I found it incredibly boring at portions, as it could be if people don't actually want to fight. Or if one doesn't want to get caught by the other guy (which invariably you don't, because you want to shoot the other guy instead).
The game is more of a maneuver game than really combat, as you maneuver through the tunnels in order to get a clear shot on the other people in there.
Not a bad game in gameplay.
It scores a 6.
Personal Tilt - This is one of those games that REQUIRE imagination in order to play. If you do not have imagination, it turns into a simple move the game piece type of game, where you only have one gamepiece to move. So, if you are imagination defunct, it would probably behoove you to find another game which has a lot more parts for a strategic type game, OR something with a more abstract and complex rules or strategy then this one.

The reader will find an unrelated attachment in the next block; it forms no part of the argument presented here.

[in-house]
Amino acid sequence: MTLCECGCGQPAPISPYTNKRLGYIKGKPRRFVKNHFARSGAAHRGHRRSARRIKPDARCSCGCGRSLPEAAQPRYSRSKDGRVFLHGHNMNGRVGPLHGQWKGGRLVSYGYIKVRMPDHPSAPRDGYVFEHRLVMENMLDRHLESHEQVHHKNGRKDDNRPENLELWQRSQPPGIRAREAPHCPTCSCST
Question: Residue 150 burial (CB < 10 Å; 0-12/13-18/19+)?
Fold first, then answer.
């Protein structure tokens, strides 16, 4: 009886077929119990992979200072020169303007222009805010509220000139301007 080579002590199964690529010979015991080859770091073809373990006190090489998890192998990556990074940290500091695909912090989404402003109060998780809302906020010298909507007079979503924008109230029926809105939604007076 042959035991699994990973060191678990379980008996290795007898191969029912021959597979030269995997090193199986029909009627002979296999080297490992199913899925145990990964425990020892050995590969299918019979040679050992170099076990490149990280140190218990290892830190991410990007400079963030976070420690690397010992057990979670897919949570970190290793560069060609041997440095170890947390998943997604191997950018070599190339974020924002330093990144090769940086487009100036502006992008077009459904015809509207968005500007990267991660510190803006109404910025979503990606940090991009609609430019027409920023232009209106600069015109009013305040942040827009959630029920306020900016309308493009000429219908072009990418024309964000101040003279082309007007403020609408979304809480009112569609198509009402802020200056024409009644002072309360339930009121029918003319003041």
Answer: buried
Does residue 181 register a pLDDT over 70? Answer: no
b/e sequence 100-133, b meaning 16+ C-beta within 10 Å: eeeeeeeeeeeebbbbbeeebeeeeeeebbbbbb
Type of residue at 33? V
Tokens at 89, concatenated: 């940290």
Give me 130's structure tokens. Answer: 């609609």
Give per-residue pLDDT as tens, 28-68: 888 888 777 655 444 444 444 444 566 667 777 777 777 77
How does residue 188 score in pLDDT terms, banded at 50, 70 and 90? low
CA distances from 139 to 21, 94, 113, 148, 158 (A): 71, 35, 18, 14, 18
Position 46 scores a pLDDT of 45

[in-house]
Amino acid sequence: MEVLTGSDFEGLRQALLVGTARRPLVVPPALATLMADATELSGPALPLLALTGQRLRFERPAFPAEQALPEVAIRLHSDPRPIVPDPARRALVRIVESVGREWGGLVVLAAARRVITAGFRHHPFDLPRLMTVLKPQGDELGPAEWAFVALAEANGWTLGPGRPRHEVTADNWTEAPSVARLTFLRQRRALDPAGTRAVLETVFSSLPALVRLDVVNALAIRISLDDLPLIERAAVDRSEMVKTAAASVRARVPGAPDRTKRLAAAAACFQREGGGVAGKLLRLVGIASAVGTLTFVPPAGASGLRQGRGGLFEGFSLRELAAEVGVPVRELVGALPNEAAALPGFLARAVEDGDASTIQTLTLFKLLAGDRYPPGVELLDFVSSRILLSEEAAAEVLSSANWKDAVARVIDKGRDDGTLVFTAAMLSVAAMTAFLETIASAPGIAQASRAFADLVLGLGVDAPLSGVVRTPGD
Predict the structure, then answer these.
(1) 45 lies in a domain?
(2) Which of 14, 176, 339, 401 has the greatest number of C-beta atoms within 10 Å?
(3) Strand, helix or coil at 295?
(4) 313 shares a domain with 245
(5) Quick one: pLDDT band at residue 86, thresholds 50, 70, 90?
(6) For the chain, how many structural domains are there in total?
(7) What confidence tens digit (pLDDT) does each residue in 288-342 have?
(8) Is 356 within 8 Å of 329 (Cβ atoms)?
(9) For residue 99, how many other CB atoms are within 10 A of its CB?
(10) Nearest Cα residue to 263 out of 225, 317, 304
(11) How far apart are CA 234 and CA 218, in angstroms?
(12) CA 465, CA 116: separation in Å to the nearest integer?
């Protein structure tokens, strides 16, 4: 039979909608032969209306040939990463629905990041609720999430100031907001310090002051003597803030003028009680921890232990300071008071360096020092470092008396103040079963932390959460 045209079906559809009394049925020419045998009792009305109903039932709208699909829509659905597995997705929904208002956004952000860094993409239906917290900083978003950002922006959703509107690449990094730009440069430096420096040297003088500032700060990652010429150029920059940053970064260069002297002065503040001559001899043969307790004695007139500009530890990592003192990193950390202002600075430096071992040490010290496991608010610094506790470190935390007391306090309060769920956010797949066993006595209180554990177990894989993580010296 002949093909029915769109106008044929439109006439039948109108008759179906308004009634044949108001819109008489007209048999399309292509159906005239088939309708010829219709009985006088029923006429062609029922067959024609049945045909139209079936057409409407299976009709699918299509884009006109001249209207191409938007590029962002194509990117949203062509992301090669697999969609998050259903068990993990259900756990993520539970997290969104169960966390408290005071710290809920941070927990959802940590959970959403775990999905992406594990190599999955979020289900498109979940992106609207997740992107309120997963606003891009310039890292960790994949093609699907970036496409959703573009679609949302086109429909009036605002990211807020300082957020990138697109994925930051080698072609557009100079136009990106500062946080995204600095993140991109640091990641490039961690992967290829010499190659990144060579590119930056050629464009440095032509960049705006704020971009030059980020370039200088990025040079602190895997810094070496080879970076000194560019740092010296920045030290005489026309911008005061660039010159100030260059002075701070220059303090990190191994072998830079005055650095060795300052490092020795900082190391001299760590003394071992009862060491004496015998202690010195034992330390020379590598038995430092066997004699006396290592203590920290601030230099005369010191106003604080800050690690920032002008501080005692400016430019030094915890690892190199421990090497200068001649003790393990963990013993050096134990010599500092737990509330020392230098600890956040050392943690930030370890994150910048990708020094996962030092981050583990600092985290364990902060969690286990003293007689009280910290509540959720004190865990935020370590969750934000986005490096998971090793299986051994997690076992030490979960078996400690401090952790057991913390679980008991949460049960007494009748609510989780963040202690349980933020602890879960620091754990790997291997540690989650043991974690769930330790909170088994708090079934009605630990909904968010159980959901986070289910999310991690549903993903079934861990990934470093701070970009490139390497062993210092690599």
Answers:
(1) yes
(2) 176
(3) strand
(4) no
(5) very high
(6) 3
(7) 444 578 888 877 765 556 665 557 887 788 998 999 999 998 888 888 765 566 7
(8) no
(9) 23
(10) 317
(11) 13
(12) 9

If you HAVE a lot of imagination, this game could be right up your alley.
When I got this game I loved all things Star Wars, I loved Star Ships, and I loved Space battles. I even loved the last Star Fighter movie (and just about any cheesy space ship movie in the vein of a Star Wars rip off, and TV shows such as Buck Rogers, Battlestar Galactica, and the rest of that type of thing). I oozed imagination, and that's the only way I think I got through this game so much. It was great to imagine that I was the Last Starfighter zooming through the tunnels. Unfortunately, my friends were not quite as fascinated by these things and after many arm twistings and wrestlings on what we were to play, this game fell by the wayside to be played solo on rainy Sunday afternoons when I was exiled to the room for punishment on what is bound to have been endless escapades of fantastic adventure and intruigue against the evil overlords of doom...er...parents.